Change in the Air: We’re Mulling Becoming Medical Refugees
Every so often, my husband, Aubrey, and I go through this exercise where we evaluate our circumstances in life and decide if we should shake things up a bit. Since the pandemic‘s start, we both have been challenged, not only by its hampering our movement and autonomy, but also by its disrupting his needed clinical care.
The pandemic has stretched the medical system here in New Zealand, where we live. I’m sure this is not unique to us, as other countries also face a shortage of doctors and nurses who can support the growing number of people needing hospital care.
My husband is 58 years old this year, and since 2013, he’s been battling hereditary ATTR amyloidosis. This disease that killed his grandmother, aunties, uncles, father, and siblings now wreaks havoc on his own body. His declining health, compounded by a lack of proper therapeutic support, is affecting him significantly.
Considering that we will be in this situation for quite some time still, it was beneficial for us to take stock of where we are and make some decisions on how to move forward. Living through a pandemic has taught us that we must be willing to let go of what we have and embrace change to move forward.
Of course, at the forefront of every decision we make is the condition of Aubrey’s health. We have had to ask if we should seek a better healthcare plan overseas. This would entail leaving our comforts and home here in New Zealand to begin again in another country where at least his disease can be better managed and a proper treatment plan could be provided.
There is a name for people like us who have an illness for which care and treatment are not available in our own country, so we have to move abroad. We become medical refugees.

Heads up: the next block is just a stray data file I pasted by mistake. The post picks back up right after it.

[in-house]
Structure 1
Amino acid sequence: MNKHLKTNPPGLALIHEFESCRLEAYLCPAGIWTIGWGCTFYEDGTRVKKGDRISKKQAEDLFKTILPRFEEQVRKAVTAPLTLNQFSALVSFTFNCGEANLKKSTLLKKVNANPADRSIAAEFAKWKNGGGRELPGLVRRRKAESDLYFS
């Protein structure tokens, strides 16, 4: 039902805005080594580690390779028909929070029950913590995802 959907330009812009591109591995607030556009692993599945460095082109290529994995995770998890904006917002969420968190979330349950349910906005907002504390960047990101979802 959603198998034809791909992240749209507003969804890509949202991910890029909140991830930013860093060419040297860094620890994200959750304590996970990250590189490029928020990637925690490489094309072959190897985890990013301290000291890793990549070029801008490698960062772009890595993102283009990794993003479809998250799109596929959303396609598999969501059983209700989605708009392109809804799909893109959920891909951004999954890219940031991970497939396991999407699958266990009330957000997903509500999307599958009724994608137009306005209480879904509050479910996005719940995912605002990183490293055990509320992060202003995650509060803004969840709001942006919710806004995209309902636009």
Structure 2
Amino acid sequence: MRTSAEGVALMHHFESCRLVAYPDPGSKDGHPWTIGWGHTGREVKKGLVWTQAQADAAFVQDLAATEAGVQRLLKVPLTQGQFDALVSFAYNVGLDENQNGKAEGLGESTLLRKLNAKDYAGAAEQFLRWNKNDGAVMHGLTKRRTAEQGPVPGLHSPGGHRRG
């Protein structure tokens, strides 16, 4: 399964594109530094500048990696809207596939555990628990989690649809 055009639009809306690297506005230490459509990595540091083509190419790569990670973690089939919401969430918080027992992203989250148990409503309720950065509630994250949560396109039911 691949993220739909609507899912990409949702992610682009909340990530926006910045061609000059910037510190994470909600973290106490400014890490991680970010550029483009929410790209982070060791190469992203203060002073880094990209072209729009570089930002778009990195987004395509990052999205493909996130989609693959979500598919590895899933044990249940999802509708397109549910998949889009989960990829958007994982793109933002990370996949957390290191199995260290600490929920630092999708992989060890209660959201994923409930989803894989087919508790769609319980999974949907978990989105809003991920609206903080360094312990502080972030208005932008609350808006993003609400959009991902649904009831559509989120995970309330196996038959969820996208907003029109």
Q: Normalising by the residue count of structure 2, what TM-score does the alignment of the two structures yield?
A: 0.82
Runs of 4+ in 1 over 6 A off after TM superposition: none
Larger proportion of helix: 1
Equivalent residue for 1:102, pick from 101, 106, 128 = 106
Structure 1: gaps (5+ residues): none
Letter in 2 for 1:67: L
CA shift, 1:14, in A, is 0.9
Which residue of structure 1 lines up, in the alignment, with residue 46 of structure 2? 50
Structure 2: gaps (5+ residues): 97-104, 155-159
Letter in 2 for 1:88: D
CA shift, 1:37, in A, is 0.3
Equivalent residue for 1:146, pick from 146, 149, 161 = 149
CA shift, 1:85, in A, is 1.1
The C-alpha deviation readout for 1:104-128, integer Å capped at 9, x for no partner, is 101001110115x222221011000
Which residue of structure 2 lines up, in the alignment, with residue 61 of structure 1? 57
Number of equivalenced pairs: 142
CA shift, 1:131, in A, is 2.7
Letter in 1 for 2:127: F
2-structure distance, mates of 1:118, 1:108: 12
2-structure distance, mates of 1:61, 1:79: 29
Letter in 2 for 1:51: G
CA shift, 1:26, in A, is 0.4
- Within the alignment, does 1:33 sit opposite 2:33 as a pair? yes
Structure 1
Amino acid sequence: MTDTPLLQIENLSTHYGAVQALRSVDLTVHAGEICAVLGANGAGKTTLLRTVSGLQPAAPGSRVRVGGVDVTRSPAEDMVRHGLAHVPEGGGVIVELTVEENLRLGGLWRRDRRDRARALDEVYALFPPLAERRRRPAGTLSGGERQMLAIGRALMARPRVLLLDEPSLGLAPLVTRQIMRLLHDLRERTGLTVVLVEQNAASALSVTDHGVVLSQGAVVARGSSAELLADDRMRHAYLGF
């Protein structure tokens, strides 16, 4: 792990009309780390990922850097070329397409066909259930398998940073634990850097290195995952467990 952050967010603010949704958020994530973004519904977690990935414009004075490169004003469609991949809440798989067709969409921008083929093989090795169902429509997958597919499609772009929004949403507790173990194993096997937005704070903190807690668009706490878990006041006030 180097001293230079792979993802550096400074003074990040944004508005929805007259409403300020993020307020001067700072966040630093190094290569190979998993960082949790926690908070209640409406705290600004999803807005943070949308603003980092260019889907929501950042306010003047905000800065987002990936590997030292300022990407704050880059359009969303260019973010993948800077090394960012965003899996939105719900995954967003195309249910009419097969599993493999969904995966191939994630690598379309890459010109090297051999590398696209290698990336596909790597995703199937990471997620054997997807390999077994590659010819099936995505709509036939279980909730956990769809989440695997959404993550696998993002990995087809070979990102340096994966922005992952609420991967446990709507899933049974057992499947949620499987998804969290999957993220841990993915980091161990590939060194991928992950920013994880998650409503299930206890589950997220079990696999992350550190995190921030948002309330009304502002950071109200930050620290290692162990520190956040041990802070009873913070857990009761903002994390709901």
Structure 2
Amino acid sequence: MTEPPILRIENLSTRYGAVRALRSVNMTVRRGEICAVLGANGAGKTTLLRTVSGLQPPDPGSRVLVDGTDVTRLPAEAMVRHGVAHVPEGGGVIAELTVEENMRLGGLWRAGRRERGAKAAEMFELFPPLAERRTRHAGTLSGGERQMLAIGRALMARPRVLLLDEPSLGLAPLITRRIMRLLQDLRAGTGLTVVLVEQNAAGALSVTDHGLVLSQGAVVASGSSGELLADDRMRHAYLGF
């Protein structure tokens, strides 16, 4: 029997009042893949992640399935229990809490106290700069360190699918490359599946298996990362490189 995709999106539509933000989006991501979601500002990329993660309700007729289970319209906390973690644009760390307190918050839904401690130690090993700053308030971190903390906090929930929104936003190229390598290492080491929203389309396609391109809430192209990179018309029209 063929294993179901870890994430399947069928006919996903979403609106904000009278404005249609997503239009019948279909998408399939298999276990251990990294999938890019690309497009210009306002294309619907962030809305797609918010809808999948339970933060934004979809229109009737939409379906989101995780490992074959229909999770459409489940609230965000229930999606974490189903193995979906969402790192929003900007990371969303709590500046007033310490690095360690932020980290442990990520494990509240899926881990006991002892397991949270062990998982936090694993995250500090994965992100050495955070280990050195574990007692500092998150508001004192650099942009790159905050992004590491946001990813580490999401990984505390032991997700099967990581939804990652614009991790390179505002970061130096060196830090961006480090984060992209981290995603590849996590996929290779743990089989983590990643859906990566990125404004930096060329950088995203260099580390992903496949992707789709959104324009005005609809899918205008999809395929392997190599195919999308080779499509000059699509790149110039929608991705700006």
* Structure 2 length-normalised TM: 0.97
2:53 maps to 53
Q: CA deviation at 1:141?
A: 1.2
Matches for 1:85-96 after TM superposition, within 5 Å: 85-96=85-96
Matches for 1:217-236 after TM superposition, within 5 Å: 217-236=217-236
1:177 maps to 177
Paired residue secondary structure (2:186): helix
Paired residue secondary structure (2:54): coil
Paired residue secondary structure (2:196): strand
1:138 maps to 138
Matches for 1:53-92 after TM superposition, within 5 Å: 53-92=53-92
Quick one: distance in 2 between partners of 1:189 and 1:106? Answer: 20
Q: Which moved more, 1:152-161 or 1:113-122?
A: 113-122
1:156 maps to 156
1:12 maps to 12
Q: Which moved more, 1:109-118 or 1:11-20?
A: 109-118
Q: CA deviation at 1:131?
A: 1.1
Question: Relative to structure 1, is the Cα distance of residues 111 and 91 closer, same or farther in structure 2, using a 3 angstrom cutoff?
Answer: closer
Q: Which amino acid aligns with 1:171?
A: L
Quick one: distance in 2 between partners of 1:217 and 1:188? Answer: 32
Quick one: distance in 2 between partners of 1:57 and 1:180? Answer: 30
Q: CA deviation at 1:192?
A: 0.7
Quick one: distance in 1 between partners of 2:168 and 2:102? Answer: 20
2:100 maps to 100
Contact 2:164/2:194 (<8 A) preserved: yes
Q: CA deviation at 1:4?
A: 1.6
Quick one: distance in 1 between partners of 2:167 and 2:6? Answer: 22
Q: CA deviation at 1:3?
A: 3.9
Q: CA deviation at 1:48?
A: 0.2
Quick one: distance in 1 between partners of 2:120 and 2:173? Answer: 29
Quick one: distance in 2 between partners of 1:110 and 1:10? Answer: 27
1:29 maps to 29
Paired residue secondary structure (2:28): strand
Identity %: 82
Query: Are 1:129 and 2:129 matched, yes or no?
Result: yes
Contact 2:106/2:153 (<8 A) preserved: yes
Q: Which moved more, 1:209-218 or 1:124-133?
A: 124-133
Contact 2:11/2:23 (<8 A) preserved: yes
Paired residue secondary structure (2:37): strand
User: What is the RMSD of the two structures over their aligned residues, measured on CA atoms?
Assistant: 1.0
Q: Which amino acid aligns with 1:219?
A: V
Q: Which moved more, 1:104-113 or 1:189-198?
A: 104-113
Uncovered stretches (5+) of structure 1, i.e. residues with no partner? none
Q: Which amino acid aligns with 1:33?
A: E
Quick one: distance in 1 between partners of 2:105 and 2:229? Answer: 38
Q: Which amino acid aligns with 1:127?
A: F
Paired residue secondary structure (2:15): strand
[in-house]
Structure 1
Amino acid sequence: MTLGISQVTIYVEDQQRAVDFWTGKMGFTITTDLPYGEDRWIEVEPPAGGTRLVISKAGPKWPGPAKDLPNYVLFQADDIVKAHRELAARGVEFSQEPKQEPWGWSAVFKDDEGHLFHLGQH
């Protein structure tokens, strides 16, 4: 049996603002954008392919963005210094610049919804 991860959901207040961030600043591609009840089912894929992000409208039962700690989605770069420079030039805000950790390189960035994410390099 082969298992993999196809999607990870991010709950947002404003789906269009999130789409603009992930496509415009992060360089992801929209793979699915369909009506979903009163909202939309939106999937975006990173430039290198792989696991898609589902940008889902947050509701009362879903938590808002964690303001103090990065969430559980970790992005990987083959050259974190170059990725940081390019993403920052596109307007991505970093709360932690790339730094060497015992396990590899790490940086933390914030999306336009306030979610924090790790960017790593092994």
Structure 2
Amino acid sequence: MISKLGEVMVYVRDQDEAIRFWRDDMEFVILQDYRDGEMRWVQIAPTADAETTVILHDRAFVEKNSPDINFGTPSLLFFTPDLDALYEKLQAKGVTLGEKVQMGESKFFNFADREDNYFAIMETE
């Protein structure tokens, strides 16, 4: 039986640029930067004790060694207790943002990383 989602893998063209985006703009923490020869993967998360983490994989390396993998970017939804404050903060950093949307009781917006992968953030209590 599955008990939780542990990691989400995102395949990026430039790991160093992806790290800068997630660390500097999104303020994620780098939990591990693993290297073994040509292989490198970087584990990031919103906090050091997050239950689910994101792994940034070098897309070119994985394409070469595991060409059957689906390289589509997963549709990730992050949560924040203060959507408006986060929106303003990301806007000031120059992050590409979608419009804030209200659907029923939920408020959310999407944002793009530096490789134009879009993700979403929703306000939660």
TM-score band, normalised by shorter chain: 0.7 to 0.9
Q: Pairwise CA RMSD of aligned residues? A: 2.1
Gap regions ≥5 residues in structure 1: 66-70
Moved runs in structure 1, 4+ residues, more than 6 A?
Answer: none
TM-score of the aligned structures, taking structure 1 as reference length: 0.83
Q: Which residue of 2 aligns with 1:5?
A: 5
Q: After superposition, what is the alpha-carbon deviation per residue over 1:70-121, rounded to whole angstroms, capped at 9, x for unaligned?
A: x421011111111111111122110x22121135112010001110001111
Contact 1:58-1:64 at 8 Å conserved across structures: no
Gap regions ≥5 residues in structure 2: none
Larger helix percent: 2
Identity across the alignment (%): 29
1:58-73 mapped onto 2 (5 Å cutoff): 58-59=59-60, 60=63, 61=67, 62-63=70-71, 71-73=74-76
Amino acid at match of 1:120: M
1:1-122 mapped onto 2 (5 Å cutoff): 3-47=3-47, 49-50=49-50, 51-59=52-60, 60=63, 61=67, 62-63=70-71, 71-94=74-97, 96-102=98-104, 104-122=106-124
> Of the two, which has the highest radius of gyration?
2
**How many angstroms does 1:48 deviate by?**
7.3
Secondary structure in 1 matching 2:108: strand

For people with a rare illness like my husband, the pandemic has had a destructive impact. Any preexisting weakness within the health system has been exposed and exacerbated. New Zealand ranks last for modern medicine access among other countries in the Organization for Economic Co-operation and Development. The complexities of the healthcare system have caused many locals to move overseas and become medical refugees to have a chance at living.
This is the ugly truth of an otherwise wonderful country, but rather than fault the system, my husband and I choose to look at other opportunities elsewhere to support him in living longer and better. At the moment, we are still evaluating a move back to Australia.
No country is perfect at suiting everyone’s general needs, but when facing a life-or-death situation, the options become more evident. New Zealand simply does not have the capability of upholding people with rare illnesses.
As a wife and caregiver, I support my husband’s needs. As a patient leader advocate, I support the need for New Zealand to change and incorporate a rare disease framework into its healthcare policies.
Archbishop Desmond Tutu said, “Hope is being able to see that there is light despite all of the darkness.”
This is true for us. Despite the trials we face, if we are open for change, there will always be an opportunity to come out of it well.
Note: FAP News Today is strictly a news and information website about the disease. It does not provide medical advice, diagnosis, or treatment. This content is not intended to be a substitute for professional medical advice, diagnosis, or treatment. Always seek the advice of your physician or other qualified health provider with any questions you may have regarding a medical condition. Never disregard professional medical advice or delay in seeking it because of something you have read on this website. The opinions expressed in this column are not those of FAP News Today or its parent company, BioNews, and are intended to spark discussion about issues pertaining to familial amyloid polyneuropathy.